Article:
Kurds in northern Iraq want U.S. to stay in region

Kurds remain wary of ISIS, which experts say may have 10,000 loyal fighters in Iraq

A Kurdish Peshmerga trains to use an anti-tank weapon during a Coalition supported exercise in 2016. (photo credit: SETH J. FRANTZMAN)
A Kurdish Peshmerga trains to use an anti-tank weapon during a Coalition supported exercise in 2016.
(photo credit: SETH J. FRANTZMAN)
The US should stay in Iraq to prevent an ISIS resurgence, officials in the autonomous Kurdistan Region stressed in recent weeks.
As the US holds a meeting on regional security in Poland, and as the presidents of Russia, Iran and Turkey gather in Sochi, the threat of ISIS continues in Iraq.
Kurdistan Region Prime Minister Nechirvan Barzani said in late January that US troops should stay in Iraq until the ISIS threat is fully eliminated. Officials have continued to reach out to the US since then, to argue that the ISIS threat remains and the US is needed in Iraq.
The Kurds in northern Iraq supported the US presence and have been close allies of the US in past years dating back to the 1990s. The US and the anti-ISIS coalition invested in training the Kurdish Peshmerga during the war on ISIS. A special base was set up in the KRG’s capital of Erbil and a funding mechanism was set up to directly support the KRG’s forces during the war on ISIS. The KRG felt that the US withdrawal in 2011 was premature and the rise of ISIS proved that Erbil’s concerns were correct.
The ISIS threat continues, say the Kurds, because it has managed to hide among rural civilian populations, particularly in areas between the Kurdistan region and Iraqi central government forces. The Kurds believe the US should stay and continue to invest in training as well as coordination between the Peshmerga and Federal forces in Baghdad to help reduce the ISIS threat in areas between the autonomous region and the government.
Voices in Baghdad, particularly among pro-Iranian Shi’ite militias (some of whom have political parties in parliament) have increased their calls for the US to leave. These voices have gained traction in the wake of US President Donald Trump’s comments in December and January saying that the US would be watching Iran from Iraq. “When the mission of these [US] forces is to fight a neighboring country, like Iran for example, we reject that notion,” Iraqi Prime Minister Adil Abdul-Mahdi said. “There are no American military bases in Iraq, we have said that more than once,” he stressed, noting that US forces that are in Iraq are there at the invitation of the government under a Status of Forces Agreement with Baghdad.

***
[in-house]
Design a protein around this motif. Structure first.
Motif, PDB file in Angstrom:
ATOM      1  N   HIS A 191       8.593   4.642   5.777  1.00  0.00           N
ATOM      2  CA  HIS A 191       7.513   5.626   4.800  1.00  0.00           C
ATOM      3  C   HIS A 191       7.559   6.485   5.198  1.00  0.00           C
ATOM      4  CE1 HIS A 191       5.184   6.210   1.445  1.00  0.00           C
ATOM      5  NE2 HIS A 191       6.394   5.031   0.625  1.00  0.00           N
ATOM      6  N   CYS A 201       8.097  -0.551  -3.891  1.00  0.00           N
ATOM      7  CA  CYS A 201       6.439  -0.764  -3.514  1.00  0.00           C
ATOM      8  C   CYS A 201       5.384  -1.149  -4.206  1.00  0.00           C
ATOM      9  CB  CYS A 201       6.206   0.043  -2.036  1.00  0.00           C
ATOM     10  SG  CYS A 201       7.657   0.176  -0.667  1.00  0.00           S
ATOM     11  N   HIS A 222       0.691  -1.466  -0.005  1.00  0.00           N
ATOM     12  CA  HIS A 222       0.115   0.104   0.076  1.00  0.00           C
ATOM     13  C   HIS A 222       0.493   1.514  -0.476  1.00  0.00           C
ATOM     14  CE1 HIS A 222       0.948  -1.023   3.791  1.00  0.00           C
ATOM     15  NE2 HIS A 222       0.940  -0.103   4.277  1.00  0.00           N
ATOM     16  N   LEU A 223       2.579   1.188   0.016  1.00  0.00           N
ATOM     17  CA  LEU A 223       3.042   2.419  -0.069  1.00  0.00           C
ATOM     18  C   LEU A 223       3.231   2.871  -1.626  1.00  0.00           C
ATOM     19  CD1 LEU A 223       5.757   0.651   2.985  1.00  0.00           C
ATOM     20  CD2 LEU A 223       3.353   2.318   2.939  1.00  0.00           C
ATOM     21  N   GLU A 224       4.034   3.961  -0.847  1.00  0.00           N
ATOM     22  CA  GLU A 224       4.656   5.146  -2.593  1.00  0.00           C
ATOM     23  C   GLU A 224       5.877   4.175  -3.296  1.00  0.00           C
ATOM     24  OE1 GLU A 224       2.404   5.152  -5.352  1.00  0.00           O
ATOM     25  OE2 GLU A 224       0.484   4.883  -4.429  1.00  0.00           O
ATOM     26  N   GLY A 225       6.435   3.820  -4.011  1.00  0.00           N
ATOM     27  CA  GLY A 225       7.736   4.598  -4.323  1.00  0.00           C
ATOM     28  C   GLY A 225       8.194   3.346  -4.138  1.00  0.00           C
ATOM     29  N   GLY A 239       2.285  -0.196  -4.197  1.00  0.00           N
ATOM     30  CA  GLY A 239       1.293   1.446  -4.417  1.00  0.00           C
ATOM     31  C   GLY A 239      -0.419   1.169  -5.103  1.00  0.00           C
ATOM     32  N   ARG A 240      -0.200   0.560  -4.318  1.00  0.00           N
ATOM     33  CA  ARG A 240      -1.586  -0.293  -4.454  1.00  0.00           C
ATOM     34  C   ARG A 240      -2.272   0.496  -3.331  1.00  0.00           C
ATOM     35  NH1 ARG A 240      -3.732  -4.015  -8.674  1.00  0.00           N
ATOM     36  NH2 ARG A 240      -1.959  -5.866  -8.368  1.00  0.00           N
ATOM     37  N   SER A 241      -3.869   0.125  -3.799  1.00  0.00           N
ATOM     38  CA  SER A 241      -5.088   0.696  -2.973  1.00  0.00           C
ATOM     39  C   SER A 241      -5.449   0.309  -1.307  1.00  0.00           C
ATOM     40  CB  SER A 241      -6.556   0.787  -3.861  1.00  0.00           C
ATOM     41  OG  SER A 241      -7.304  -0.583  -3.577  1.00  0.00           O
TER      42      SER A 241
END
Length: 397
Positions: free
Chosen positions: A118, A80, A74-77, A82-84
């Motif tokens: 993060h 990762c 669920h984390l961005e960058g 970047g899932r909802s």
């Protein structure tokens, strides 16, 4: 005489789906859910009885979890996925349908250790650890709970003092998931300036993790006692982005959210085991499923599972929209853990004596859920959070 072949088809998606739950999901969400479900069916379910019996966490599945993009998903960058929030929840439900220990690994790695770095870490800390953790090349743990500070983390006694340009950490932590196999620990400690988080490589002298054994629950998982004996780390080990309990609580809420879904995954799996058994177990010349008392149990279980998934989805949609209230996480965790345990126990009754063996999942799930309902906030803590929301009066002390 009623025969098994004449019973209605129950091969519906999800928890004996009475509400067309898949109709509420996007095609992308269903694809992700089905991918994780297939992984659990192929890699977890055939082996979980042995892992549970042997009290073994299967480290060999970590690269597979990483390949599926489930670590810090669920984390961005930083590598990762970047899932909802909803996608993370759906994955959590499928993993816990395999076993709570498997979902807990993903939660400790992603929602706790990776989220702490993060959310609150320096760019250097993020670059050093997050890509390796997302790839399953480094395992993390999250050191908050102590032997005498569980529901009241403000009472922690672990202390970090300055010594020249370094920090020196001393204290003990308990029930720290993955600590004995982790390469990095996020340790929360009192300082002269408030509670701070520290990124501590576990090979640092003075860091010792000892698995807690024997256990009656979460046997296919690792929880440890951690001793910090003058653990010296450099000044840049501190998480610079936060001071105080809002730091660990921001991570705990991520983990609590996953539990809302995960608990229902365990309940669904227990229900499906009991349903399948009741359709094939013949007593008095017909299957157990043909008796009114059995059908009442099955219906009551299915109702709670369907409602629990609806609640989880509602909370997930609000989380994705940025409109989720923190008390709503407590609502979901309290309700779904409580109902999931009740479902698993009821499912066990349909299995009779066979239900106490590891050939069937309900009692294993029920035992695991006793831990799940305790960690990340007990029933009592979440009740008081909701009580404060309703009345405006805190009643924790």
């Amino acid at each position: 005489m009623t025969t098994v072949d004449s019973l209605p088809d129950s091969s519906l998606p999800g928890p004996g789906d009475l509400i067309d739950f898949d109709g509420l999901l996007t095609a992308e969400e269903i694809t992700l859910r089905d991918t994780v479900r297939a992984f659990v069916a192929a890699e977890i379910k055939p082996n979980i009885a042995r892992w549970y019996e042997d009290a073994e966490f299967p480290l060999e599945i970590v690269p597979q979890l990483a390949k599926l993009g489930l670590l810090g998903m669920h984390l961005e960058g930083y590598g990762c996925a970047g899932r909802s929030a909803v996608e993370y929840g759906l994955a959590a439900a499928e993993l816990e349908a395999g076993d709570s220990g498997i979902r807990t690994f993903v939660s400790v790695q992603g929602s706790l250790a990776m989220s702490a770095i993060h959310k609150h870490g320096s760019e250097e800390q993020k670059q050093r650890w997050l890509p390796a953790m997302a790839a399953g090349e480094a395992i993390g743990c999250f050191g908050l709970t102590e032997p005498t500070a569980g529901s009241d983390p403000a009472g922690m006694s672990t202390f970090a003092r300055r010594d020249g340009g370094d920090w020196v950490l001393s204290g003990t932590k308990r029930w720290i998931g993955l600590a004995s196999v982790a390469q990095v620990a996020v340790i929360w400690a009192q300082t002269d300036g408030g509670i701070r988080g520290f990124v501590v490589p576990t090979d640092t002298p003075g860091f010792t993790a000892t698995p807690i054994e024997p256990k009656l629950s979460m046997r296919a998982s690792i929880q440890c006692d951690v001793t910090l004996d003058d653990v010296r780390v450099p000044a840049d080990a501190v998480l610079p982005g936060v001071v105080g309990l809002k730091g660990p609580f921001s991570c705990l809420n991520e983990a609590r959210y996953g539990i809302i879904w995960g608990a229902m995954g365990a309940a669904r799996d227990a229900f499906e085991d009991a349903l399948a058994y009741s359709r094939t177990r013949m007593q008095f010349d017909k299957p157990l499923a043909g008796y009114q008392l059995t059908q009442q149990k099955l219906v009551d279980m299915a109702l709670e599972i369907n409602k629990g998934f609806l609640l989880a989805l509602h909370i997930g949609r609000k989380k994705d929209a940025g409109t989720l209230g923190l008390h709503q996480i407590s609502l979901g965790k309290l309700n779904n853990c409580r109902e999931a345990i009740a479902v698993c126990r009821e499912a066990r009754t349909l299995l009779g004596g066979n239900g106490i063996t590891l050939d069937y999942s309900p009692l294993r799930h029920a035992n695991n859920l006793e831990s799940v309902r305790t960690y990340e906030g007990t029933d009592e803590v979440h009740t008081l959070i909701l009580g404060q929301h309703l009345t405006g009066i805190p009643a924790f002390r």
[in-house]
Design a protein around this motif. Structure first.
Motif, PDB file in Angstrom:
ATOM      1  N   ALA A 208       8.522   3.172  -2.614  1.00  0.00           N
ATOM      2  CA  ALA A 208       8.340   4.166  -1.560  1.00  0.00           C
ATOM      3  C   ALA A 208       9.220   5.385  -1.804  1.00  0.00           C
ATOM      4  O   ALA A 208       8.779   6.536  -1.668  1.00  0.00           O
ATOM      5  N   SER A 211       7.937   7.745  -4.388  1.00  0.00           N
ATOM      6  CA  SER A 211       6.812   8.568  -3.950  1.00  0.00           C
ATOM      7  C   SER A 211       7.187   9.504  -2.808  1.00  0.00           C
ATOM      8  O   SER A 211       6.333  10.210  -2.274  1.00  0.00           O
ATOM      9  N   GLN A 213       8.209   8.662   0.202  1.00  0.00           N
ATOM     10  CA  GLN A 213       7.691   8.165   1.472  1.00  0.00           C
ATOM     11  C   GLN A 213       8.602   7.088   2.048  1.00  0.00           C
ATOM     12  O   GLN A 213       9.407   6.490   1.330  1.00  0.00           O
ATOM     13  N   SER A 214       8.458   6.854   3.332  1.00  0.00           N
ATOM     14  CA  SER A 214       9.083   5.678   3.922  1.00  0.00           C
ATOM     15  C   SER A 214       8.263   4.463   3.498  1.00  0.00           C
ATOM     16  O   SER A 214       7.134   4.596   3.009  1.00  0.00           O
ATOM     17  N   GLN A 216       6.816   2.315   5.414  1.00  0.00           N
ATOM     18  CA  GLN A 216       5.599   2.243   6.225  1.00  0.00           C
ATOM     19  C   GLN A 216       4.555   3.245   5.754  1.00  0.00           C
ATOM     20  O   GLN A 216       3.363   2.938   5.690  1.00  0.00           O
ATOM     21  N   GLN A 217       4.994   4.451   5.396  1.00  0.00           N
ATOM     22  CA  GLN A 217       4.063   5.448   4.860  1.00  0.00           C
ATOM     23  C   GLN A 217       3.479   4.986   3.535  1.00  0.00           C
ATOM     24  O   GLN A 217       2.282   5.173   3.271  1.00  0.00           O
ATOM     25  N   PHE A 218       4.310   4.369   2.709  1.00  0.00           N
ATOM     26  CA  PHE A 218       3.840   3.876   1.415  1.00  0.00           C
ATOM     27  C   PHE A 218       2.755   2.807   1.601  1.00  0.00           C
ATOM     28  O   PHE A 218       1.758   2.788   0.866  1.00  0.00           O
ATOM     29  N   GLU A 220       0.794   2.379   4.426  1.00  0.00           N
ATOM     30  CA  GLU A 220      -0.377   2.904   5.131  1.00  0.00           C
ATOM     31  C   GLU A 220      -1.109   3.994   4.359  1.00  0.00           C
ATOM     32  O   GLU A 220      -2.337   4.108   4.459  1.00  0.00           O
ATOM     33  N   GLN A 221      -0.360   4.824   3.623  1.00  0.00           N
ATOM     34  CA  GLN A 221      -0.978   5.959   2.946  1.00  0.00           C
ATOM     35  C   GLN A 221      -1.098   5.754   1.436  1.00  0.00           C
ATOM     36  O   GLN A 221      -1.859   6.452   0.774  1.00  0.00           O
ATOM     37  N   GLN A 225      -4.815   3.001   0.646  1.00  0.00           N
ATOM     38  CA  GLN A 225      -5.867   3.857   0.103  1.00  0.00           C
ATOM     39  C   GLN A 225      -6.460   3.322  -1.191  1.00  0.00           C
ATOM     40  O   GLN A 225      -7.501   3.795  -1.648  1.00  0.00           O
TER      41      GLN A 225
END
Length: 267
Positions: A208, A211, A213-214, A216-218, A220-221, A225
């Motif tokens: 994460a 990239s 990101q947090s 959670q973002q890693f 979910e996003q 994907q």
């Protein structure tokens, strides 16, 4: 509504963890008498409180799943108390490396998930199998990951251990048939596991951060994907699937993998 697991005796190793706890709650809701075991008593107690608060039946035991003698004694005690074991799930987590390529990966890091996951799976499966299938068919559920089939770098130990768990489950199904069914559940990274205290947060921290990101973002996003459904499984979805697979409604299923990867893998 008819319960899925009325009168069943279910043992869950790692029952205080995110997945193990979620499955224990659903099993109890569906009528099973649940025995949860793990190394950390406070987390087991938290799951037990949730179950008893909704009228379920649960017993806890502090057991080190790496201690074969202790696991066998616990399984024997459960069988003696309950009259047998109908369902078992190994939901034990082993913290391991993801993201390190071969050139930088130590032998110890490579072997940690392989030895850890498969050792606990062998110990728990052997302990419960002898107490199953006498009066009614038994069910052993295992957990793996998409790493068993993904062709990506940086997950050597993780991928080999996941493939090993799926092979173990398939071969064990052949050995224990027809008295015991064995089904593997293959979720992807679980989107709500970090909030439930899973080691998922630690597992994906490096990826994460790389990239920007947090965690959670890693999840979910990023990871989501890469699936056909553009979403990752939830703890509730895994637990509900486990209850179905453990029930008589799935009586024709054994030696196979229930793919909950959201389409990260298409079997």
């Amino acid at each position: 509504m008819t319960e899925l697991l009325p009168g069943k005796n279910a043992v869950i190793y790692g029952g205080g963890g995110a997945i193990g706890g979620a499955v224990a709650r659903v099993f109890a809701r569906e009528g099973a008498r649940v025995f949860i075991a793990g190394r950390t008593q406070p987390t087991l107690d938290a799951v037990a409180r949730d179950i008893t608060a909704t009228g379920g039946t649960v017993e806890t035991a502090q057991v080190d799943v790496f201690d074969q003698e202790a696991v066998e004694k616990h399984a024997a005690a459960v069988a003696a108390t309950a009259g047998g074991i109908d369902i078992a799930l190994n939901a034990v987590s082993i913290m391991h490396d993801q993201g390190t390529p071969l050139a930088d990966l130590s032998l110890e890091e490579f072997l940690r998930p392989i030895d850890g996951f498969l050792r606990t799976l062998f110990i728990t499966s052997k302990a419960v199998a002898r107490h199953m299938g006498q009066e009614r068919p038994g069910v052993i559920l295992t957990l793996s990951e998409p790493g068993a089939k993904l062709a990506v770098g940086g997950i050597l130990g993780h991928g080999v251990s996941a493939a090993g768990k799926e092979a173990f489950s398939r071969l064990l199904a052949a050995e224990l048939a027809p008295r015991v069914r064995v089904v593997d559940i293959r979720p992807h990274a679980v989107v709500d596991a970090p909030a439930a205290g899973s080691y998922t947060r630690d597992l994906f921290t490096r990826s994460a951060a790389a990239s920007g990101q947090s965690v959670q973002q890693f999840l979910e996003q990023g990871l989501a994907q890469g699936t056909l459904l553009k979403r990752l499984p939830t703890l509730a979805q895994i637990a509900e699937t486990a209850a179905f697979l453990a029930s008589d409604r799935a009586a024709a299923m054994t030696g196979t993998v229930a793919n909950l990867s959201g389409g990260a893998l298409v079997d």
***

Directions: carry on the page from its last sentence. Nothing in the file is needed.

The problem is that while some in Baghdad want to portray the US as using Iraqi soil against Iran, there is a very real ISIS threat that continues despite the defeat of the organization in Syria. Experts say ISIS may have 10,000 loyal fighters in Iraq, and Gen. Joseph Votel, the US commander, said on Monday that there are tens of thousands of ISIS fighters dispersed in Iraq and Syria.
In comments reprinted by the Kurdish channel Rudaw, Barzani notes that “ISIS is no longer an organization in control of big cities” but “ISIS is not finished in this country.” He said that the presence of America troops should continue. “What stopped and ended ISIS was the support of the coalition forces, chief among them the United States.”
On Wednesday, Iraq’s prime minister said that the government in Baghdad would obey parliament if it voted to end the US presence in Iraq. Many Shi’ite political parties, such as Muqtada al-Sadr’s Sairoon alliance and the Fatih party that came in second in elections last year, oppose US forces remaining in Iraq. But Iraq wants to hedge its bets. Fatih parliament member and spokesman Ahmed Al-Assady said on Tuesday that US forces are still providing logistical and air support and that the US forces are not an enemy of Iraq. He said parliament would discuss the US presence when it reconvenes.